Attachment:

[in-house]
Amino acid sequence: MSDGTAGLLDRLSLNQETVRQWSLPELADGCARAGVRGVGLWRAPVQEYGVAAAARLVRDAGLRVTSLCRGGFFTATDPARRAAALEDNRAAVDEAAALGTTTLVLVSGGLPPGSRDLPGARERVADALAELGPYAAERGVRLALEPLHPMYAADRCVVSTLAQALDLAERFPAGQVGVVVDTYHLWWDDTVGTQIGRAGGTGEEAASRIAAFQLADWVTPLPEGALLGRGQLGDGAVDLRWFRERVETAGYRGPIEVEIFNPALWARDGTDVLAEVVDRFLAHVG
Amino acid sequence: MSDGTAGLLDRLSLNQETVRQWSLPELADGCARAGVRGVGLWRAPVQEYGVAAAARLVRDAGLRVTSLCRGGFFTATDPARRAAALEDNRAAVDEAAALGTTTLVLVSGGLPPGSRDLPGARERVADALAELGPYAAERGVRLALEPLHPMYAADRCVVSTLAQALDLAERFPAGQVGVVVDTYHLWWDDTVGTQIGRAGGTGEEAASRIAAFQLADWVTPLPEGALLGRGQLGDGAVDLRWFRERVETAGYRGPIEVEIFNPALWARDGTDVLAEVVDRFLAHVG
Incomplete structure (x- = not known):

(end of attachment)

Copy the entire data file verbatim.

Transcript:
[in-house]
Amino acid sequence: MSDGTAGLLDRLSLNQETVRQWSLPELADGCARAGVRGVGLWRAPVQEYGVAAAARLVRDAGLRVTSLCRGGFFTATDPARRAAALEDNRAAVDEAAALGTTTLVLVSGGLPPGSRDLPGARERVADALAELGPYAAERGVRLALEPLHPMYAADRCVVSTLAQALDLAERFPAGQVGVVVDTYHLWWDDTVGTQIGRAGGTGEEAASRIAAFQLADWVTPLPEGALLGRGQLGDGAVDLRWFRERVETAGYRGPIEVEIFNPALWARDGTDVLAEVVDRFLAHVG
Amino acid sequence: MSDGTAGLLDRLSLNQETVRQWSLPELADGCARAGVRGVGLWRAPVQEYGVAAAARLVRDAGLRVTSLCRGGFFTATDPARRAAALEDNRAAVDEAAALGTTTLVLVSGGLPPGSRDLPGARERVADALAELGPYAAERGVRLALEPLHPMYAADRCVVSTLAQALDLAERFPAGQVGVVVDTYHLWWDDTVGTQIGRAGGTGEEAASRIAAFQLADWVTPLPEGALLGRGQLGDGAVDLRWFRERVETAGYRGPIEVEIFNPALWARDGTDVLAEVVDRFLAHVG
Incomplete structure (x- = not known):